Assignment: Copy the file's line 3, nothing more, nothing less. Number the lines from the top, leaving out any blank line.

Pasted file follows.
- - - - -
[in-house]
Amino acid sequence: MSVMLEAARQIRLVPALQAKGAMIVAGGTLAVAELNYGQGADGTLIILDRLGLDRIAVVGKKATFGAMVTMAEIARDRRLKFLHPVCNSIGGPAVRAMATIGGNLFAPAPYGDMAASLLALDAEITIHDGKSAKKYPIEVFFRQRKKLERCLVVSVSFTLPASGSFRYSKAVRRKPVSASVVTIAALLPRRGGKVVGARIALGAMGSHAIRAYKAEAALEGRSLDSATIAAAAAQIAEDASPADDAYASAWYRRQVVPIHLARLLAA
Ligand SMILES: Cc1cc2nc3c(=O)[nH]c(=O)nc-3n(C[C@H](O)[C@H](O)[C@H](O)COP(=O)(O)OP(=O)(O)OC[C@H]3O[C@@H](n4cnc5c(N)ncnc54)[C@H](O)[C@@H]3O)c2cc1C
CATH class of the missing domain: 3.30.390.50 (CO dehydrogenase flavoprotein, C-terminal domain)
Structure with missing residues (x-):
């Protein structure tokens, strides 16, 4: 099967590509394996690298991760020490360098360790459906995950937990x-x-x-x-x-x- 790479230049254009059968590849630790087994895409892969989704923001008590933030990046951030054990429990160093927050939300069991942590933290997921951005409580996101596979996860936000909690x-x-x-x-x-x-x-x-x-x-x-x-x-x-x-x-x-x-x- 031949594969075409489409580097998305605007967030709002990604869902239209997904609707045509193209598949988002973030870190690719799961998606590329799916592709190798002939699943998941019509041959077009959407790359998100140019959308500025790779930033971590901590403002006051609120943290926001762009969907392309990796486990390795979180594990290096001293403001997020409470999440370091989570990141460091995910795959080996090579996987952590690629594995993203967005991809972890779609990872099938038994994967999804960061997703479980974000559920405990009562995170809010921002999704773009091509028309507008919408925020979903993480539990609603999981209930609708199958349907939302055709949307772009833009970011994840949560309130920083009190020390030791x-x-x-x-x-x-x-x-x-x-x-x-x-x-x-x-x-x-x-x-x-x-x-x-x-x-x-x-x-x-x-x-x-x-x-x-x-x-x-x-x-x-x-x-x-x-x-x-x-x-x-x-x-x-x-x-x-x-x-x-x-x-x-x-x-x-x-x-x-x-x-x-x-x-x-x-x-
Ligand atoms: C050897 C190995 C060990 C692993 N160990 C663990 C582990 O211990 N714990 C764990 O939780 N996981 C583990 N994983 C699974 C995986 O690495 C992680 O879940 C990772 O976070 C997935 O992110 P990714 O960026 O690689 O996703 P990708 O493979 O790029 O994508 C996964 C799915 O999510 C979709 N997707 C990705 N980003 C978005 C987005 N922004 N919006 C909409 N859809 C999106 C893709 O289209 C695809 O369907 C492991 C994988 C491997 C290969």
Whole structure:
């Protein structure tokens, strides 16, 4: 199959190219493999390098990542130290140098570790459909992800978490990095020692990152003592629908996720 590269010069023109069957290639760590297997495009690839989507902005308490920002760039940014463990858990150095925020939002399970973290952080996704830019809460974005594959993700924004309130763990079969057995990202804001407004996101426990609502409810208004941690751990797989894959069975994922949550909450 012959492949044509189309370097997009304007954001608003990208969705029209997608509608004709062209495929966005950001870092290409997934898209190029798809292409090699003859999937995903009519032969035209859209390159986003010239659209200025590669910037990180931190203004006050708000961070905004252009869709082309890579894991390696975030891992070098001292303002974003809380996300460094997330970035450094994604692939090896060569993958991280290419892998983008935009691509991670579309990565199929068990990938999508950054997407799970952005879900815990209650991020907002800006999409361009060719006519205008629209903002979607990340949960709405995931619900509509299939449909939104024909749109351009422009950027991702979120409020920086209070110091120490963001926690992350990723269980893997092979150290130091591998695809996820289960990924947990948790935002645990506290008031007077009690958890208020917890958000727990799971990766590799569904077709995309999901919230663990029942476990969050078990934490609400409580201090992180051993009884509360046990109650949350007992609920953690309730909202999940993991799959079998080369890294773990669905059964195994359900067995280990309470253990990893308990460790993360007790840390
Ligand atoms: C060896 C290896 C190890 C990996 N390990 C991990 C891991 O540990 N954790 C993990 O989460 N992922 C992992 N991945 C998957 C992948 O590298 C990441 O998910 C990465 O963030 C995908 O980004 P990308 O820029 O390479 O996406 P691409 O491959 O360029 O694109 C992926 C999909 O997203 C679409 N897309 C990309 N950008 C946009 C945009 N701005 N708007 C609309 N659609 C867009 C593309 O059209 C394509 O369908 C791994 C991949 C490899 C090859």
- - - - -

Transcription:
Ligand SMILES: Cc1cc2nc3c(=O)[nH]c(=O)nc-3n(C[C@H](O)[C@H](O)[C@H](O)COP(=O)(O)OP(=O)(O)OC[C@H]3O[C@@H](n4cnc5c(N)ncnc54)[C@H](O)[C@@H]3O)c2cc1C